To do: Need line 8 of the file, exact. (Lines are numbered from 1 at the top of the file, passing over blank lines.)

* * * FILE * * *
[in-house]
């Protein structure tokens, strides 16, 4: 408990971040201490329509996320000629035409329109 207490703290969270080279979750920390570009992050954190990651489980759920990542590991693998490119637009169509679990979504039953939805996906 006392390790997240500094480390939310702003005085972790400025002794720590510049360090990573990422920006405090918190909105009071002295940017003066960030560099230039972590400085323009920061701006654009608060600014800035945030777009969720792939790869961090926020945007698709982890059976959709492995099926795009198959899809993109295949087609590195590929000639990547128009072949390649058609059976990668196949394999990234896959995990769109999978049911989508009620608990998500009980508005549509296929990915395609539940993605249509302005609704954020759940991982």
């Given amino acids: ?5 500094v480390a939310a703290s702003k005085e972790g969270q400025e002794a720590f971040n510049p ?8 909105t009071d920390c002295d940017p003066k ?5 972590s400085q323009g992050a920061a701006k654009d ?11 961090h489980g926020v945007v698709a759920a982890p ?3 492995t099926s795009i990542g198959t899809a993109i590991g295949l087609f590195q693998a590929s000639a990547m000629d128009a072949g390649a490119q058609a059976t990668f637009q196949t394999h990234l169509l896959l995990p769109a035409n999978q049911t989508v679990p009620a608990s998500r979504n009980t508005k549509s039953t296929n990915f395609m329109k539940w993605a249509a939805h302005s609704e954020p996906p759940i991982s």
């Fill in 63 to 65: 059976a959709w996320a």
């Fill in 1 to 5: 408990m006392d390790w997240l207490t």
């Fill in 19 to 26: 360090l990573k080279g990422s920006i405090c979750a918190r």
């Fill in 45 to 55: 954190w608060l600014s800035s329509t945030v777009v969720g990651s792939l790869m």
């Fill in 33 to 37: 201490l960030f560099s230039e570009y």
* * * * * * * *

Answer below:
């Fill in 33 to 37: 201490l960030f560099s230039e570009y």